Five RO plants with a total capacity of 363 million litres per day (MLD) will be built in the first year of the project
The Delhi government intends to supplement water supplies by constructing reverse osmosis (RO) water purification plants in places where groundwater is insufficient, as well as in areas where water tankers and jhuggis are used. Five RO plants with a total capacity of 363 million litres per day (MLD) will be built in the first year of the project. Small RO plants are also anticipated to pop up in locations where water tankers are now used. For every 500 households, a mini RO plant will be built. One RO plant will be built for every jhuggi, with more potentially being built in locations with populations above 2,000.
Okhla (136 MLD), Dwarka (68 MLD), Nilothi-Nangloi (68 MLD), Chilla (45 MLD), and Najafgarh (45 MLD) would be the five RO plants (45 MLD). These locations were chosen because they have high groundwater levels but are unsuitable owing to salinity or total dissolved solids. The RO facilities will purify groundwater and provide it to houses using existing Delhi Jal Board (DJB) pipelines.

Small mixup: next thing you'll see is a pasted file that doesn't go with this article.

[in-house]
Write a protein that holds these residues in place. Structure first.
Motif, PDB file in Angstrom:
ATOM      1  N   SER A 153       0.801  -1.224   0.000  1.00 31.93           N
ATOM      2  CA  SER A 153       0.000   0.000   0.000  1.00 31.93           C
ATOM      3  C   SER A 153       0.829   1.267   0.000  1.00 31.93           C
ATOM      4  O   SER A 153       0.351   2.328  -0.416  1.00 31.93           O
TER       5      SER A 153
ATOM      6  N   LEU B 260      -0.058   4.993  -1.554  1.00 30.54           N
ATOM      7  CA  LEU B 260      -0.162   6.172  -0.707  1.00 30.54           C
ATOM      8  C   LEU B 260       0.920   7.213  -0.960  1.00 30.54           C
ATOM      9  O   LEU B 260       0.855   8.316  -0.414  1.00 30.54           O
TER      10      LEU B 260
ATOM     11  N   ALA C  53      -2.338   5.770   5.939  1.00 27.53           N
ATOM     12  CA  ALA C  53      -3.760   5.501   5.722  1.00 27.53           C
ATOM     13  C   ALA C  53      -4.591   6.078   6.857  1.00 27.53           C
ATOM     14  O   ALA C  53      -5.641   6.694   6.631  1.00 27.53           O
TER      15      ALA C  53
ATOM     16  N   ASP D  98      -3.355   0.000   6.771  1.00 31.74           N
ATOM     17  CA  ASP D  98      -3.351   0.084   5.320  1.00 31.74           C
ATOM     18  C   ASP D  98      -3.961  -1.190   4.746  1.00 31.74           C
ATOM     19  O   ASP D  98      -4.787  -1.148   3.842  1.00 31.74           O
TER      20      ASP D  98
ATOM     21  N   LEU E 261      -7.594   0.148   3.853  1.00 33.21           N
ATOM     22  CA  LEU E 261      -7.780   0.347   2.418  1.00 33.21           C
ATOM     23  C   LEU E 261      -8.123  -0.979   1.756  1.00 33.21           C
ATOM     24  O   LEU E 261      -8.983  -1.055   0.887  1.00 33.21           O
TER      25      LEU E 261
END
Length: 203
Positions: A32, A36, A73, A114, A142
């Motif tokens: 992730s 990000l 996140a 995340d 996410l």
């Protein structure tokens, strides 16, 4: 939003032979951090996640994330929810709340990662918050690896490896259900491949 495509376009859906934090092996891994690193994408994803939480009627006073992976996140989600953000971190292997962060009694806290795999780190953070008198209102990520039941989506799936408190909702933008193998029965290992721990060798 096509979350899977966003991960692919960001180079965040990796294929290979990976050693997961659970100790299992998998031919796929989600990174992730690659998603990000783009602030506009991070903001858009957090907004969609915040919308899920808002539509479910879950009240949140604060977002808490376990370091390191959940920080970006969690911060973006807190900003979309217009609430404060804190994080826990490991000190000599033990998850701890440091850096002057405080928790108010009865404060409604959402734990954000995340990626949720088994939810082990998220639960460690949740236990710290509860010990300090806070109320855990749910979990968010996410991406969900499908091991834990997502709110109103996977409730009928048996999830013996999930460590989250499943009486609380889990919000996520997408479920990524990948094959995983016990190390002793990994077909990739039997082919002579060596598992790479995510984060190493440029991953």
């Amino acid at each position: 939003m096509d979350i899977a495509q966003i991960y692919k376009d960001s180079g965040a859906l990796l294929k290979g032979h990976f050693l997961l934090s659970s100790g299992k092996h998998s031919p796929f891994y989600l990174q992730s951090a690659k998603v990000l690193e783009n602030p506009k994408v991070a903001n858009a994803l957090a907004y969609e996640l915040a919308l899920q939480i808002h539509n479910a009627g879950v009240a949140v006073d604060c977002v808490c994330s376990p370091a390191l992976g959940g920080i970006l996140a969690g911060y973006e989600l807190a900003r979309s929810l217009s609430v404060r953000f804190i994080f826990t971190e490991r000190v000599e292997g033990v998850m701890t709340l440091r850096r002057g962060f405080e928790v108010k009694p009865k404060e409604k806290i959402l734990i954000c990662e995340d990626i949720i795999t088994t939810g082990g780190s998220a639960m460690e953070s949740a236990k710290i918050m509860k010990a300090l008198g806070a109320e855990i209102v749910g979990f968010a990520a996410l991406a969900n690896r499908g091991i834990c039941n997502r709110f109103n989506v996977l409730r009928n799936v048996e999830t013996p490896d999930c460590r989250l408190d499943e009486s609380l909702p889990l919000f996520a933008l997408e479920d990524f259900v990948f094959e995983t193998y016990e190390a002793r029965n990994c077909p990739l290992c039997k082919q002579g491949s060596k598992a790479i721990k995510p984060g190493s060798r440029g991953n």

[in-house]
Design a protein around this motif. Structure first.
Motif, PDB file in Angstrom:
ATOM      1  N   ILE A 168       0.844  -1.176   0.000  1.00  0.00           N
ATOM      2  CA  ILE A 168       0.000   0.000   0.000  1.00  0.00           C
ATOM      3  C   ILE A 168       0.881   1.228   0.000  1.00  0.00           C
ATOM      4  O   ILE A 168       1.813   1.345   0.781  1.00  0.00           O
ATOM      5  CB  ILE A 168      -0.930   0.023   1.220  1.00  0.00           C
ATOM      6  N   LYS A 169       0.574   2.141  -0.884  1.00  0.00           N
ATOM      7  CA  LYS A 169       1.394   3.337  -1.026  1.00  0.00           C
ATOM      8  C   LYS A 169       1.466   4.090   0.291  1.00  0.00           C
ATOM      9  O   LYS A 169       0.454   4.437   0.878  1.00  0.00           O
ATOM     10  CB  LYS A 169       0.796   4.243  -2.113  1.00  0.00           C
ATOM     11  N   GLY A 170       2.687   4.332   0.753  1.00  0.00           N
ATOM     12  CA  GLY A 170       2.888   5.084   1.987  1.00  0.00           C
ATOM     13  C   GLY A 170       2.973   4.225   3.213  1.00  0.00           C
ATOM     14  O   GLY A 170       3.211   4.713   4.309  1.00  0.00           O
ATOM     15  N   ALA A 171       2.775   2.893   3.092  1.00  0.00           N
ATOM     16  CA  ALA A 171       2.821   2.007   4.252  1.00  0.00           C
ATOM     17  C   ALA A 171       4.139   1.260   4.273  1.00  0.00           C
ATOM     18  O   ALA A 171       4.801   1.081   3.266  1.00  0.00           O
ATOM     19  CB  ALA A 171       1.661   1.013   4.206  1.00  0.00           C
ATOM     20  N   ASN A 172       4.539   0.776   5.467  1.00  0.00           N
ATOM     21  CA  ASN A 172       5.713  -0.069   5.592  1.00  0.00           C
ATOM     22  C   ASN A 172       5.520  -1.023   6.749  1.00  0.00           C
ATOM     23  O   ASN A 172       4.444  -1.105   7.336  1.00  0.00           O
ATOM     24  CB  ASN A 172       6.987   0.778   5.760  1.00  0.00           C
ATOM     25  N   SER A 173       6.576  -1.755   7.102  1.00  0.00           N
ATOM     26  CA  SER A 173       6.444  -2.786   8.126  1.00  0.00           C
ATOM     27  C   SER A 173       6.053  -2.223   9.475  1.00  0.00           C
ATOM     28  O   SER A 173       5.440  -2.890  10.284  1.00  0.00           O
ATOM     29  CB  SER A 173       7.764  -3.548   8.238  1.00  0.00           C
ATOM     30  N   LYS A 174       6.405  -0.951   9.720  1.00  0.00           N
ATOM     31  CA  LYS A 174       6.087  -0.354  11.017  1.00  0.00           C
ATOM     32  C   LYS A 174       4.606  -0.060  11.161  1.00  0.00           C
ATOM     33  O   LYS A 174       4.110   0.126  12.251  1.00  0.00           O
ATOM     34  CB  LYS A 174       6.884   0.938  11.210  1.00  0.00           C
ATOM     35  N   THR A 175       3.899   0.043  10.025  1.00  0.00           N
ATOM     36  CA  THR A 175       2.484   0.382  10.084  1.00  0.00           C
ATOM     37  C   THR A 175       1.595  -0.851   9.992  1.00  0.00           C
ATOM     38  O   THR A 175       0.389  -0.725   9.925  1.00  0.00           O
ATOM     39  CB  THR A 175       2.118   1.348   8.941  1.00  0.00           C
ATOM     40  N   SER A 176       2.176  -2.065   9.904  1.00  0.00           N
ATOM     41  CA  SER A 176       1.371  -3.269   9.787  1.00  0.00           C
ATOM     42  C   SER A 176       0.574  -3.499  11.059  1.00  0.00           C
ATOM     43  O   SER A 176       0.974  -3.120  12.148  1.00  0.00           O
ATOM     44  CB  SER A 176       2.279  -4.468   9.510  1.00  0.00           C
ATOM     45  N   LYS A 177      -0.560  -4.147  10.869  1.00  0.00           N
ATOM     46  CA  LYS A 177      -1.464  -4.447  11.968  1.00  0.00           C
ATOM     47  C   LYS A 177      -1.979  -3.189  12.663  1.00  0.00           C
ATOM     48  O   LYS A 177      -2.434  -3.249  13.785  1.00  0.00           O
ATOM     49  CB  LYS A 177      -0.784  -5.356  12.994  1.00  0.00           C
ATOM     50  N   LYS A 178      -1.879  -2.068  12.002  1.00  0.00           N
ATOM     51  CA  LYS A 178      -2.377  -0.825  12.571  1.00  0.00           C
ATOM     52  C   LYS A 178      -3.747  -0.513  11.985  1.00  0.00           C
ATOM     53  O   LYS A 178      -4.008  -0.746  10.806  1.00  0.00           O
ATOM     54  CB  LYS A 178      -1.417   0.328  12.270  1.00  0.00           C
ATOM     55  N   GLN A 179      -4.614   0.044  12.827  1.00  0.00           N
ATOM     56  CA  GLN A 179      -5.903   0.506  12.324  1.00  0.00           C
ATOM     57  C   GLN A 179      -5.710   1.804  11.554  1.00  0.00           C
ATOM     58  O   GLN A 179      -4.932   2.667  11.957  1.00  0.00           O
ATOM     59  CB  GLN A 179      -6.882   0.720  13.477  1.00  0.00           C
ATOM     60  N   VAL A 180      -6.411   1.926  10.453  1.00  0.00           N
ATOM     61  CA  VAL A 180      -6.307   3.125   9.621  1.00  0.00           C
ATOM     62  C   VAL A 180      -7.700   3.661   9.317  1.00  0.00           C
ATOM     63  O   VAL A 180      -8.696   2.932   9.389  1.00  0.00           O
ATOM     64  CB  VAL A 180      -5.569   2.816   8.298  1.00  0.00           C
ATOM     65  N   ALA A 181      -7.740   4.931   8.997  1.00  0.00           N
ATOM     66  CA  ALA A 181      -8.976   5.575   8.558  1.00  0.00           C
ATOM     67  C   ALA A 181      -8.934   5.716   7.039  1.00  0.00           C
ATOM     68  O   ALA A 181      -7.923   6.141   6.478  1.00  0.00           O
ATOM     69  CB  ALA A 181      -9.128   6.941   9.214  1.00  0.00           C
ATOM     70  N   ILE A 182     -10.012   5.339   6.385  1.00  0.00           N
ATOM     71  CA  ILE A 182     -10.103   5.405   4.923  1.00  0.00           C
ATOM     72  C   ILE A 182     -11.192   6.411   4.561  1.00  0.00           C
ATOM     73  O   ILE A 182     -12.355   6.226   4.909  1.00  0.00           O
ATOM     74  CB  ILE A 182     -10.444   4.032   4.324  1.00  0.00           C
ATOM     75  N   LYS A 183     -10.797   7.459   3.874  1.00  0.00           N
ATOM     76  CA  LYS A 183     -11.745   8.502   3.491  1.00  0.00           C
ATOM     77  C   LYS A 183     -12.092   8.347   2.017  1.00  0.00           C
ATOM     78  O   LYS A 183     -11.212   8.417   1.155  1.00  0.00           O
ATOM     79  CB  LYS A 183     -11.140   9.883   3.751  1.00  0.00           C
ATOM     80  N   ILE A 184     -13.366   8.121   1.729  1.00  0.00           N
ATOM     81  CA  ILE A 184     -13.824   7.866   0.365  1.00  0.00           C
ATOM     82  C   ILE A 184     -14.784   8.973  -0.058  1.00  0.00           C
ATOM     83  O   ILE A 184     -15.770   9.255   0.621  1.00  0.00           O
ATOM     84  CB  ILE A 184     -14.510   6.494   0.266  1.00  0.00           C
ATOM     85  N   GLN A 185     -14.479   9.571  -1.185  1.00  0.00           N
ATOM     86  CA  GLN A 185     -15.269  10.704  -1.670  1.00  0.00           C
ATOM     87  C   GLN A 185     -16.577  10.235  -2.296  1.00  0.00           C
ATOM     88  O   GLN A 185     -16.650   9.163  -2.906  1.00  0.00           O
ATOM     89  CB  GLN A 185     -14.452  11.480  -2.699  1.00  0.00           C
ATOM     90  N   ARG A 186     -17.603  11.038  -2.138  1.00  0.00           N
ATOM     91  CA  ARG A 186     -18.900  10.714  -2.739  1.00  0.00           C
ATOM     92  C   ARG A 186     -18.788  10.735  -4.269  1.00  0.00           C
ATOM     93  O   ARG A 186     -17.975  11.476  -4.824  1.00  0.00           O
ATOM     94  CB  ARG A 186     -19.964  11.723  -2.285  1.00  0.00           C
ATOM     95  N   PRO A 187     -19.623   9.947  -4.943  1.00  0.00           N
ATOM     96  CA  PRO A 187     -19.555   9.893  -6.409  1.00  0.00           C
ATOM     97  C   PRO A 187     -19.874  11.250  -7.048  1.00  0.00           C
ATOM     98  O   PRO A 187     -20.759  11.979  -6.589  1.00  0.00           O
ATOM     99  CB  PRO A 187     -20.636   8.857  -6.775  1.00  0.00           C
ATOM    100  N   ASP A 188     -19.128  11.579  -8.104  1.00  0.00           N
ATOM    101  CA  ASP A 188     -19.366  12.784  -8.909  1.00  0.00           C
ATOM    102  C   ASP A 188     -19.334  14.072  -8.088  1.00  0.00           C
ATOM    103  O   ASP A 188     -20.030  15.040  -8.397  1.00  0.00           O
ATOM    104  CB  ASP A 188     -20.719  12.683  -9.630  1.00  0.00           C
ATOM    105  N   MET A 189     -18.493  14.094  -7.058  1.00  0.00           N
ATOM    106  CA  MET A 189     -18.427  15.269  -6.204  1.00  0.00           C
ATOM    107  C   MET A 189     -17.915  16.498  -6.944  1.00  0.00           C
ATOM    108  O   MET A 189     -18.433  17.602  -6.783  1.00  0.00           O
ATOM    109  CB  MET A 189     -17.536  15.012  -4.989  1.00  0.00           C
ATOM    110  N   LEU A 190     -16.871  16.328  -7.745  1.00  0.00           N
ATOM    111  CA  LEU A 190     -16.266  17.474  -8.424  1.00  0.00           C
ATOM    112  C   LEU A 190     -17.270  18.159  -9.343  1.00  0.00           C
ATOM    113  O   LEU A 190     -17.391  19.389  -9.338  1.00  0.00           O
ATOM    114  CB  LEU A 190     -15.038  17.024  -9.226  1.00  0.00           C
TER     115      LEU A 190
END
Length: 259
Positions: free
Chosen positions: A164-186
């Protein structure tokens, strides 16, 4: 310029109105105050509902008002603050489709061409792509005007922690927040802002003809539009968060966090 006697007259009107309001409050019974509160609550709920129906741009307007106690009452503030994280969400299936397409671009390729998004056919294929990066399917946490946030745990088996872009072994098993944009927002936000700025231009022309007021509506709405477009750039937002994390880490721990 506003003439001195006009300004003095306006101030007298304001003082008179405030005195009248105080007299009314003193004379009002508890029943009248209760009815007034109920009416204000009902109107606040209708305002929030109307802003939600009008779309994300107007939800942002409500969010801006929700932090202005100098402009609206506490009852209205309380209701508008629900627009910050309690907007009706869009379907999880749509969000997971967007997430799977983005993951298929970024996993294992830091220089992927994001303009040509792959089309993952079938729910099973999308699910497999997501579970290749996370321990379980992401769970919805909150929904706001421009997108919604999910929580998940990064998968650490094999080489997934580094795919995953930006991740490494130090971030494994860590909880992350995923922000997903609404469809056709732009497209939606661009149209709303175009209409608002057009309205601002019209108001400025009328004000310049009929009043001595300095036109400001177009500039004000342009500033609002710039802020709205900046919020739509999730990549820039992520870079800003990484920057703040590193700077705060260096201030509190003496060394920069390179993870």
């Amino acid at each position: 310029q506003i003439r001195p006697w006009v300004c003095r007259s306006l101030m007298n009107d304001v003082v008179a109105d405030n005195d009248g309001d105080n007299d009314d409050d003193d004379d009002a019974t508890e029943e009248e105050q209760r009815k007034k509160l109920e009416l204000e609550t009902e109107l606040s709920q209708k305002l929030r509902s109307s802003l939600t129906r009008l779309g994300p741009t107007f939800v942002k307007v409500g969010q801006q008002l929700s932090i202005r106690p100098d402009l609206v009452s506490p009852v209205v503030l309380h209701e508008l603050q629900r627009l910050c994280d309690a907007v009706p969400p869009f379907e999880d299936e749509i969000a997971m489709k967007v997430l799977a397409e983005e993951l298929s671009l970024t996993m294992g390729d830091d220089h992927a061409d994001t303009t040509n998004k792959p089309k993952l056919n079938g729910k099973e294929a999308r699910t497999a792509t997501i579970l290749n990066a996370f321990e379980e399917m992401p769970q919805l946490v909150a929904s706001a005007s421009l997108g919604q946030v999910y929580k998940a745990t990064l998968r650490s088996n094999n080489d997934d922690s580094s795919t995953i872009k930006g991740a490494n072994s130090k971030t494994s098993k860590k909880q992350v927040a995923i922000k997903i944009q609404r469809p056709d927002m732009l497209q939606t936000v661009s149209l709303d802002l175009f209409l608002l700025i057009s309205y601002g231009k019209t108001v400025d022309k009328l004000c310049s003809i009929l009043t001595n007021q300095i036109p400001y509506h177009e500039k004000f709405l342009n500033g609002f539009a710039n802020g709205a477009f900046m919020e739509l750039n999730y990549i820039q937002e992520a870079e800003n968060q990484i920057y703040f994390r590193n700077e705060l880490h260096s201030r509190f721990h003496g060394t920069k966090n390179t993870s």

Localities with high but unusable groundwater levels have been prioritised for the installation of localised RO plants, according to a senior DJB official. Teams from the DJB have been entrusted with compiling a list of such locations and colonies, as well as preparing tenders for smaller plants. Because these facilities are costly, private investors will build them, and the DJB will purchase purified water at a fixed monthly charge that includes both the cost of purified water and the cost of capital, according to the official. “Rates for consumers will stay unchanged,” the spokesman stated. Plant maintenance will be handled by a commercial firm. Tenders for the larger plants will be issued in the first week of October, and installation will commence two months after the tenders are received.